Competitive rugby or blacksmithing? Not your usual career paths to choose from, but Takumi Ikeda-san was at that crossroad.
Usually blacksmiths pass their business and skills down to their first-born son. It’s tradition, and Japan is nothing if not traditional. Katsushige Anryu- san, however, only had daughters, so his nephew, Takumi Ikeda, decided to get involved. Born in 1986, Ikeda-san has been learning from Anryu-san since 2007 in the legendary knife-making area known as Takefu Knife Village.In January of 2021, Anryu-san passed the reigns on Anryu-hamono to his nephew Ikeda-san. For years Ikeda-san has been forging the majority of Anryu knives, and we are excited to see how he drives the company forward into the future.
I’ve often said Ikeda-san is the strongest man in Japan. Being a rugby- playing, sports-obsessed blacksmith is exactly the way to build a very solid strong body. It also makes you hungry and, man, can Ikeda-san put it away when needed. Maybe he has a future as a competitive eater. Ikeda-san uses a coke fire, as his master Anryu-san has trained him, and he loves to make Damascus steel-style blades. It’s a fun way for blacksmiths to show off their talents.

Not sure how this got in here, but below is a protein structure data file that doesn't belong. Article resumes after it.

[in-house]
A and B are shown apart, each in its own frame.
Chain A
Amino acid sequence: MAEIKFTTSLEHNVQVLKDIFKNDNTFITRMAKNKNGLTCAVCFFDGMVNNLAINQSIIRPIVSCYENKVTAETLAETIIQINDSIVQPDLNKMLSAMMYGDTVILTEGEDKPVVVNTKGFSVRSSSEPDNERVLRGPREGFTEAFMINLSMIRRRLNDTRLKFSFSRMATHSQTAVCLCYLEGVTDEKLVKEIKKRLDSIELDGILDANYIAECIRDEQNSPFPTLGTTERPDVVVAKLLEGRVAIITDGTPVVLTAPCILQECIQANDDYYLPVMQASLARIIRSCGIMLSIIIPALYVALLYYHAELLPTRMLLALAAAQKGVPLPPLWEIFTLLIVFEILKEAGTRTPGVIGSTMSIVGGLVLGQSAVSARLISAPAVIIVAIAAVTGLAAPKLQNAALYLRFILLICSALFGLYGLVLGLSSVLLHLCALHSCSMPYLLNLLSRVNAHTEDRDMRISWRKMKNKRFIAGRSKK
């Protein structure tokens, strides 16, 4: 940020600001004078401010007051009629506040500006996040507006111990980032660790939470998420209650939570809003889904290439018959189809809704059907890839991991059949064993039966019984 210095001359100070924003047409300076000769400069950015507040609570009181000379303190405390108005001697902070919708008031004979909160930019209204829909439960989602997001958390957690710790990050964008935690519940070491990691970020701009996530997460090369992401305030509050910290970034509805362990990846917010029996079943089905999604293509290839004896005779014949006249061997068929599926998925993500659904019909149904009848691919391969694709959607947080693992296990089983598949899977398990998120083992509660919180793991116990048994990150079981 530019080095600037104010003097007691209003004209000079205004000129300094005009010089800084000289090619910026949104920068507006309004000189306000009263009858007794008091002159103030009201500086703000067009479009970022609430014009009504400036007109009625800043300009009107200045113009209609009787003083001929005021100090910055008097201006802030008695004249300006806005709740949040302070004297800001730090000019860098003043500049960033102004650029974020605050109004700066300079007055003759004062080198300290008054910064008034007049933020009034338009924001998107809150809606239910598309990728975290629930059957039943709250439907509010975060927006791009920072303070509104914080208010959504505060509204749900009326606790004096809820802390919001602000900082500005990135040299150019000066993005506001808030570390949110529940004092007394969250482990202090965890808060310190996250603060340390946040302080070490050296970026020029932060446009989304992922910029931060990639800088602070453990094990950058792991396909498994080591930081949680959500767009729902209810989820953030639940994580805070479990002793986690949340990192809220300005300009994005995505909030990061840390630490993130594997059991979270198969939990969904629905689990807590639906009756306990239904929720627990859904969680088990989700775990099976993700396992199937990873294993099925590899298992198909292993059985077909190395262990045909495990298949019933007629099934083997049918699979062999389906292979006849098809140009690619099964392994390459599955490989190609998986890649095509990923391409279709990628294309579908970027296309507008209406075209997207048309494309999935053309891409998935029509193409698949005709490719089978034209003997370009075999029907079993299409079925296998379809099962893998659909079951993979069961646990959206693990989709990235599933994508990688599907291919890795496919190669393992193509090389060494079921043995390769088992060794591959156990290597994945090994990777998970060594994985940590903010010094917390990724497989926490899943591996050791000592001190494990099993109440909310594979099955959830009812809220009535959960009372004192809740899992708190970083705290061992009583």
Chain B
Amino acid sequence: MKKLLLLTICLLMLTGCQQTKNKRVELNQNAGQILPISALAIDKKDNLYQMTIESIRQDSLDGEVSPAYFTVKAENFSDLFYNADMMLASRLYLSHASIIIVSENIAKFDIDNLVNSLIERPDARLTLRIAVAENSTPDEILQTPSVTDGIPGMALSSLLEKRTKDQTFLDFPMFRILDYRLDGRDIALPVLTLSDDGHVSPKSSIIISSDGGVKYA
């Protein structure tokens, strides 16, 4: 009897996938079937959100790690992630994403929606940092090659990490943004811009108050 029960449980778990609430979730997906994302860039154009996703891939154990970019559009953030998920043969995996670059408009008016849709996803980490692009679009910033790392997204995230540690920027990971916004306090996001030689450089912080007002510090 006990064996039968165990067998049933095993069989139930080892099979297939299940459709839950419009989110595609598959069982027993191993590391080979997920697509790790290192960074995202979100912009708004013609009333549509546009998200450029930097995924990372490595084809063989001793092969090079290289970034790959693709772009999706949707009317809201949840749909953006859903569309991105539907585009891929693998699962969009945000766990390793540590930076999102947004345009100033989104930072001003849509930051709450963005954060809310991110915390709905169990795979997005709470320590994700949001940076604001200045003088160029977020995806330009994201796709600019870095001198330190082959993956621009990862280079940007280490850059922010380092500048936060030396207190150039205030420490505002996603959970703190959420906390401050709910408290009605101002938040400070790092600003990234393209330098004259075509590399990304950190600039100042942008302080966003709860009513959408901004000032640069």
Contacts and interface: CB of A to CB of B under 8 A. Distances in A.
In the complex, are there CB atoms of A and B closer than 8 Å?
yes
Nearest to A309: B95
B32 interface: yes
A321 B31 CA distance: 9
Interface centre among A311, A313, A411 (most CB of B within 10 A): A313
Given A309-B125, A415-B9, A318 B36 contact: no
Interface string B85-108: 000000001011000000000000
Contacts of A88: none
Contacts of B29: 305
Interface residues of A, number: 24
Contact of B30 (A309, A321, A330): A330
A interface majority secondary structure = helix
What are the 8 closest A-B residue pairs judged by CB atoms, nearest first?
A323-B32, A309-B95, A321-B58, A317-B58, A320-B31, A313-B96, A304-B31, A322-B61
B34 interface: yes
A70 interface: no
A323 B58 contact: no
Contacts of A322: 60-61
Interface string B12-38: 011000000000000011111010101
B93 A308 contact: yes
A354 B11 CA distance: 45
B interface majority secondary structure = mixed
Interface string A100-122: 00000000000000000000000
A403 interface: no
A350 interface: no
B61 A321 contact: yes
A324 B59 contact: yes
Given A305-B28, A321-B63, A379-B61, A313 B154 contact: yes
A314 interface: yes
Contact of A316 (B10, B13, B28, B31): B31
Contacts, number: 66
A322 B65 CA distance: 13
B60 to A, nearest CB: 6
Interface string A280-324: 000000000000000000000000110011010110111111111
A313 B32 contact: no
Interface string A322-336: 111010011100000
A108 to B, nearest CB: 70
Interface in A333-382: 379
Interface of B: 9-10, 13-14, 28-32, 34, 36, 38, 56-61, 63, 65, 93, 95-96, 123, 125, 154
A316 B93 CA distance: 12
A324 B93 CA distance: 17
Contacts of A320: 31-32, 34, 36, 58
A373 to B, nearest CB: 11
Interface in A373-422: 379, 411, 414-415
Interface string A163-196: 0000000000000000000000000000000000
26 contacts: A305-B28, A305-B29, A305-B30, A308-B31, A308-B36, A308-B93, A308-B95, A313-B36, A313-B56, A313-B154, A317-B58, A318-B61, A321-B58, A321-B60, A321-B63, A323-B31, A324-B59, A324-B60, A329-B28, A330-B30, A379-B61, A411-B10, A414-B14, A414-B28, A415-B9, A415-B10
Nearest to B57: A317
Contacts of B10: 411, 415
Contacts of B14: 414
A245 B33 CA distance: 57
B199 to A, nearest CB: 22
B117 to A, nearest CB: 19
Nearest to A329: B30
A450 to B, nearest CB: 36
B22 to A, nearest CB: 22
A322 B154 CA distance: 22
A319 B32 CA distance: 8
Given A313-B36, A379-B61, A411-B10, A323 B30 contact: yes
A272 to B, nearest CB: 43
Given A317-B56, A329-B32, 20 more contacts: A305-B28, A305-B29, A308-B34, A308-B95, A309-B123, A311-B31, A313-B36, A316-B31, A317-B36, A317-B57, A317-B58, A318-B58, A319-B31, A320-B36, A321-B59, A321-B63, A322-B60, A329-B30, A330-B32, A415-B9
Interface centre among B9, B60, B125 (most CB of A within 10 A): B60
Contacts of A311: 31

Check out the Masakage Kumo line to see his skill at creating Damascus steel and also Kotetsu knives, for his forging skills. Like many blacksmiths, he loves carbon steel—the best for traditional Japanese knife making and re-sharpening—especially Aogami Super for its edge retention and sexiness. It is the steel of the moment for blacksmiths. And apparently rugby players that like to eat a lot.